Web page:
Archive for the ‘Acts 3’ Tag

Devotion for Monday After Proper 20, Year C (ELCA Daily Lectionary)   1 comment

Sanhedrin

Above:   The Sanhedrin

Image in the Public Domain

Compassion and Selfishness

SEPTEMBER 23, 2019

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The Collect:

God among us, we gather in the name of your Son

to learn love for one another.  Keep our feet from evil paths.

Turn our minds to your wisdom and our hearts to the grace

revealed in your Son, Jesus Christ, our Savior and Lord.  Amen.

Evangelical Lutheran Worship (2006), page 48

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The Assigned Readings:

Proverbs 14:12-31

Psalm 12

Acts 4:1-12

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“Because the needy are oppressed,

and the poor cry out in misery,

I will rise up,” says the LORD,

“and give them the help they long for.”

–Psalm 12:5, The Book of Common Prayer (1979)

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He who despises his fellow is wrong;

He who shows pity for the lowly is happy.

–Proverbs 14:21, TANAKH:  The Holy Scriptures (1985)

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The contents of Acts 4 continue a story begun in the previous chapter.  Sts. John and Simon Peter healed a lame man (more than 40 years old and crippled from birth) at the Beautiful Gate, near the Temple at Jerusalem.  They healed him in the name of Jesus of Nazareth.  The healing astonished a crowd and created much excitement.  Next, at the Portico of Solomon, St. Simon Peter preached about Jesus.  Then the events described in Acts 4:1-12 occurred.  Afterward the Sanhedrin cautioned the Apostles to cease teaching in the name of Jesus.  The Apostles refused to obey the order.

Mighty acts of compassion frequently prompt humility in the New Testament.  This is especially true if the healing occurs on the Sabbath.  The display of divine power also unsettles many people who fear that which they cannot control.  Furthermore, sometimes people define themselves in contrast to the sick and the handicapped among them.  The healing of these neighbors therefore proves unsettling, for it pertains to identity.  On the other hand, the appropriate response to such an event is to rejoice in the other person’s blessing.  That is the difference between compassion and selfishness.

KENNETH RANDOLPH TAYLOR

MAY 19, 2016 COMMON ERA

THE FEAST OF SAINT ANDREW BOBOLA, JESUIT MARTYR

THE FEAST OF SAINT DUNSTAN OF CANTERBURY, ABBOT OF GLASTONBURY AND ARCHBISHOP OF CANTERBURY

THE FEAST OF SAINT IVO OF CHARTRES, ROMAN CATHOLIC BISHOP

THE FEAST OF SAINT IVO OF KERMARTIN, ROMAN CATHOLIC PRIEST AND ADVOCATE OF THE POOR

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https://blogatheologica.wordpress.com/2016/05/19/compassion-and-selfishness/

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Devotion for Tuesday After Proper 4, Year C (ELCA Daily Lectionary)   1 comment

Nehemiah Views the Ruins of Jerusalem's Walls Dore

Above:   Nehemiah Viewing the Ruins of Jerusalem’s Walls, by Gustave Dore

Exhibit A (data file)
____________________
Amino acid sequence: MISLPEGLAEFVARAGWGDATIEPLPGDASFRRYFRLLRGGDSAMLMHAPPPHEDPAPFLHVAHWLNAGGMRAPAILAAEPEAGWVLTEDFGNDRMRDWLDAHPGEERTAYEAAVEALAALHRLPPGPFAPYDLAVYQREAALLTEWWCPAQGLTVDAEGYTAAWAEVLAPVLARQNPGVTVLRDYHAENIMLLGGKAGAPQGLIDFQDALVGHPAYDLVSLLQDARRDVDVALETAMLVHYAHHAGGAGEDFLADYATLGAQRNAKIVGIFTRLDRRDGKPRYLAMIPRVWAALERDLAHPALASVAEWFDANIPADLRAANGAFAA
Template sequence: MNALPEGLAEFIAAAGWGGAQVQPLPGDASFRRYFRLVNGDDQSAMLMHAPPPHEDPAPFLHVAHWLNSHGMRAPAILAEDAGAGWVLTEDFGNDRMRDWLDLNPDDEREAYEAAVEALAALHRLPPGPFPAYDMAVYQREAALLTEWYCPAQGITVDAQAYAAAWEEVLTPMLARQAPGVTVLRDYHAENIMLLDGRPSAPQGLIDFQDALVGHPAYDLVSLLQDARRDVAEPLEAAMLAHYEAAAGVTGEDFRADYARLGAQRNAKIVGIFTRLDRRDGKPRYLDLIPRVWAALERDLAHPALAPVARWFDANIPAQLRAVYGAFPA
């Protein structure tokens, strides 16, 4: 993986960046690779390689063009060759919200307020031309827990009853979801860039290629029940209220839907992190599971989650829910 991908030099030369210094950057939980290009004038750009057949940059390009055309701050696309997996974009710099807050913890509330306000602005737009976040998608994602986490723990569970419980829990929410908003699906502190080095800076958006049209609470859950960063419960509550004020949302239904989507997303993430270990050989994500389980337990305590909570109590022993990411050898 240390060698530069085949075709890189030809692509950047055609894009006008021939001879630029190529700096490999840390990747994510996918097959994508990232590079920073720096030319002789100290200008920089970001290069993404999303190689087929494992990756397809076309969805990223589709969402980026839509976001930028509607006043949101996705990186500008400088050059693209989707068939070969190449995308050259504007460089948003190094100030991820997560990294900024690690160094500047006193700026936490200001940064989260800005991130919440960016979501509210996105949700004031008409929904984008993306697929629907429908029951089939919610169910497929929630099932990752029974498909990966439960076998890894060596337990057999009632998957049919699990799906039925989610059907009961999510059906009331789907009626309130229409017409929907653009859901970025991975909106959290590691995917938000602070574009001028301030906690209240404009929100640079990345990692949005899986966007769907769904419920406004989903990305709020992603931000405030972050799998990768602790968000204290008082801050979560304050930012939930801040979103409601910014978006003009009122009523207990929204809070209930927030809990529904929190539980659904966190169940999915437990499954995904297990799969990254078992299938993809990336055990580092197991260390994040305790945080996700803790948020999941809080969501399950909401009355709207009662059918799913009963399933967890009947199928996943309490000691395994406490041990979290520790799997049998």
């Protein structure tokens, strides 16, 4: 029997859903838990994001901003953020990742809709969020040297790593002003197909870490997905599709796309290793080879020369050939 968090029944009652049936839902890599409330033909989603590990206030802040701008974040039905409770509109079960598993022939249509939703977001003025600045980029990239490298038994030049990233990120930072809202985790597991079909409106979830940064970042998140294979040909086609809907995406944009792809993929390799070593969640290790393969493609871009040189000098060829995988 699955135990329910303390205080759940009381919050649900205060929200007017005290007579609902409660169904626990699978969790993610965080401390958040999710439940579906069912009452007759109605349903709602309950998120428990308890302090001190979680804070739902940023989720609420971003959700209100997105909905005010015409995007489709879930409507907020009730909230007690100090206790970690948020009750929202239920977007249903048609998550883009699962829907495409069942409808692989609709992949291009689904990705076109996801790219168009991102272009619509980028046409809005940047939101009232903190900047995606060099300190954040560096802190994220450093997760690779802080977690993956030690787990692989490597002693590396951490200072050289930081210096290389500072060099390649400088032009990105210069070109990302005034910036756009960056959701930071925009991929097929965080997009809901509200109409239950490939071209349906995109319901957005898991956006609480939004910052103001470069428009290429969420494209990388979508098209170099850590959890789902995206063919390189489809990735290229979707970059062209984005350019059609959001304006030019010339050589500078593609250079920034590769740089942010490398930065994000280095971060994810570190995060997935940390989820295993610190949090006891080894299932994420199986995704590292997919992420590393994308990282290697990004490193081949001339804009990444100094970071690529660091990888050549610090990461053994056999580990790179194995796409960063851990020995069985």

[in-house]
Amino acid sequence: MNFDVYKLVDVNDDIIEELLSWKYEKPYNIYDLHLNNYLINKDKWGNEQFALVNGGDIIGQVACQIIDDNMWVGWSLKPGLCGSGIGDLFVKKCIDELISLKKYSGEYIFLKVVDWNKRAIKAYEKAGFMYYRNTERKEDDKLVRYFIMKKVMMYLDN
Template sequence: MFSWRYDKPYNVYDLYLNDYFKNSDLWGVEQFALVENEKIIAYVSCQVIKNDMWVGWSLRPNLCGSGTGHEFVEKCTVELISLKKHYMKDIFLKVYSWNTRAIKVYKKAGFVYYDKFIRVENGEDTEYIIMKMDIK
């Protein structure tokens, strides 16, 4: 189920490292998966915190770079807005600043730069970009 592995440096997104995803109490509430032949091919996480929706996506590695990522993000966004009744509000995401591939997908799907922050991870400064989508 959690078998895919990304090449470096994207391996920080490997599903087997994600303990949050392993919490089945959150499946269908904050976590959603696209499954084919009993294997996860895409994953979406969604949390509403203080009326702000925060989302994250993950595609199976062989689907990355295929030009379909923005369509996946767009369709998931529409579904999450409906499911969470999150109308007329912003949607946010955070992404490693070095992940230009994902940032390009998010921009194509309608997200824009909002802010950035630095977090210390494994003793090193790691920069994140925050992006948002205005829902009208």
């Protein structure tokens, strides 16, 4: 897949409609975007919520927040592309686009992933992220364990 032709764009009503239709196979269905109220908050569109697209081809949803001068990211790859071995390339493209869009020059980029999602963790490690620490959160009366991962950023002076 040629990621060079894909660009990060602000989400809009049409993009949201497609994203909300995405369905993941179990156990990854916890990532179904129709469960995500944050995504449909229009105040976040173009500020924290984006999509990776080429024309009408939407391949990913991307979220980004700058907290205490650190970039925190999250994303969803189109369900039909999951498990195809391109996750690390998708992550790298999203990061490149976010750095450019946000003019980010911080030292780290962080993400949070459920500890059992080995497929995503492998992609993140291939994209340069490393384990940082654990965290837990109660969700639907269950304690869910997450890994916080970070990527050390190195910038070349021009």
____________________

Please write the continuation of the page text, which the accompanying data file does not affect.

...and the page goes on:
Image in the Public Domain

For the Glory of God and the Benefit of Others

MAY 31, 2016

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The Collect:

Merciful Lord God, we do not presume to come before you

trusting in our own righteousness,

but in your great and abundant mercies.

Revive our faith, we pray; heal our bodies, and mend our communities,

that we may evermore dwell in your Son,

Jesus Christ, our Savior and Lord.  Amen.

Evangelical Lutheran Worship (2006), page 38

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The Assigned Readings:

Nehemiah 1:1-11

Psalm 5

Acts 3:1-10

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I wonder if the formerly lame man (the one lame from birth) in Acts 3 thought of a passage from Psalm 5 as he entered the Temple leaping and praising God:

But, so great is your faithful love,

I may come into your house,

and before your holy temple

bow down in reverence of you.

–Verse 7, The New Jerusalem Bible (1985)

That structure in Acts 3 was the Second Temple, erected during the time of Ezra and Nehemiah then expanded by order of King Herod the Great.

Nehemiah and the lame man received more than they sought.  Nehemiah returned to Jerusalem, served his community, and endured severe challenges to do so.  Yet he helped to stabilize his community.  Sts. Peter and John made the man lame from birth whole and gave him new dignity.  Certainly he did not expect that much.  Furthermore, his adaptation to his new reality must not have been entirely easy, but he was much better off than he had ever been.  Nehemiah would have led an easier life as a royal cupbearer than he did as a Persian satrap, but he did what God called him to do.  Fortunately, the monarch facilitated that vocation.

May each of us become what God has called us to become.  May we understand that vocation and pursue it.  May those in positions to facilitate that calling do so.  Then may we do our best and succeed, by grace.  May we do this for the glory of God and the benefit of others.

KENNETH RANDOLPH TAYLOR

FEBRUARY 29, 2016 COMMON ERA

THE FEAST OF JEMIMA THOMPSON LUKE, ENGLISH CONGREGATIONALIST HYMN WRITER; AND JAMES EDMESTON, ANGLICAN HYMN WRITER

THE FEAST OF BERNHARDT SEVERIN INGEMANN, DANISH LUTHERAN AUTHOR AND HYMN WRITER

THE FEAST OF EDWARD HOPPER, U.S. PRESBYTERIAN MINISTER AND HYMN WRITER

THE FEAST OF SAINT JOHN CASSIAN, DESERT FATHER

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https://blogatheologica.wordpress.com/2016/02/29/for-the-glory-of-god-and-the-benefit-of-others/

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